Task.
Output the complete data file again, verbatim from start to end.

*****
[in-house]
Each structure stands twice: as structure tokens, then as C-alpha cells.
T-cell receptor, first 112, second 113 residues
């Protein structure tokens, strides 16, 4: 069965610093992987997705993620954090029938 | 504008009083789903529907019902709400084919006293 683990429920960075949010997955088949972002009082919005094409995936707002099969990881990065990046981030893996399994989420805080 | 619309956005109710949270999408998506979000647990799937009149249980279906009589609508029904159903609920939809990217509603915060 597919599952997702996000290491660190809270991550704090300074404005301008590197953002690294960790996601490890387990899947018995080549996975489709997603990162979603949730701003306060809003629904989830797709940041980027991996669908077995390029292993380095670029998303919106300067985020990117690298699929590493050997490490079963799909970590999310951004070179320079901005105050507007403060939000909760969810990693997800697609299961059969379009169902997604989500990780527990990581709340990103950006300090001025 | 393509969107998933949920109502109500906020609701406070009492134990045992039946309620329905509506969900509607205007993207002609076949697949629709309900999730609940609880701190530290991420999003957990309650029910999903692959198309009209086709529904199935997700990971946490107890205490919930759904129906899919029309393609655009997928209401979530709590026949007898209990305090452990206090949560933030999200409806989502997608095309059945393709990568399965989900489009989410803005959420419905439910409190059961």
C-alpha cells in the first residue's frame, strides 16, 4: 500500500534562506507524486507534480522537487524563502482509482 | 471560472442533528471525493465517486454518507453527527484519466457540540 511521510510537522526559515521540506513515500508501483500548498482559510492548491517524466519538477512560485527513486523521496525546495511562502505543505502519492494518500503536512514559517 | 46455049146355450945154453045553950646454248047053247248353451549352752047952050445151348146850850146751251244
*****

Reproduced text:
[in-house]
Each structure stands twice: as structure tokens, then as C-alpha cells.
T-cell receptor, first 112, second 113 residues
């Protein structure tokens, strides 16, 4: 069965610093992987997705993620954090029938 | 504008009083789903529907019902709400084919006293 683990429920960075949010997955088949972002009082919005094409995936707002099969990881990065990046981030893996399994989420805080 | 619309956005109710949270999408998506979000647990799937009149249980279906009589609508029904159903609920939809990217509603915060 597919599952997702996000290491660190809270991550704090300074404005301008590197953002690294960790996601490890387990899947018995080549996975489709997603990162979603949730701003306060809003629904989830797709940041980027991996669908077995390029292993380095670029998303919106300067985020990117690298699929590493050997490490079963799909970590999310951004070179320079901005105050507007403060939000909760969810990693997800697609299961059969379009169902997604989500990780527990990581709340990103950006300090001025 | 393509969107998933949920109502109500906020609701406070009492134990045992039946309620329905509506969900509607205007993207002609076949697949629709309900999730609940609880701190530290991420999003957990309650029910999903692959198309009209086709529904199935997700990971946490107890205490919930759904129906899919029309393609655009997928209401979530709590026949007898209990305090452990206090949560933030999200409806989502997608095309059945393709990568399965989900489009989410803005959420419905439910409190059961």
C-alpha cells in the first residue's frame, strides 16, 4: 500500500534562506507524486507534480522537487524563502482509482 | 471560472442533528471525493465517486454518507453527527484519466457540540 511521510510537522526559515521540506513515500508501483500548498482559510492548491517524466519538477512560485527513486523521496525546495511562502505543505502519492494518500503536512514559517 | 46455049146355450945154453045553950646454248047053247248353451549352752047952050445151348146850850146751251244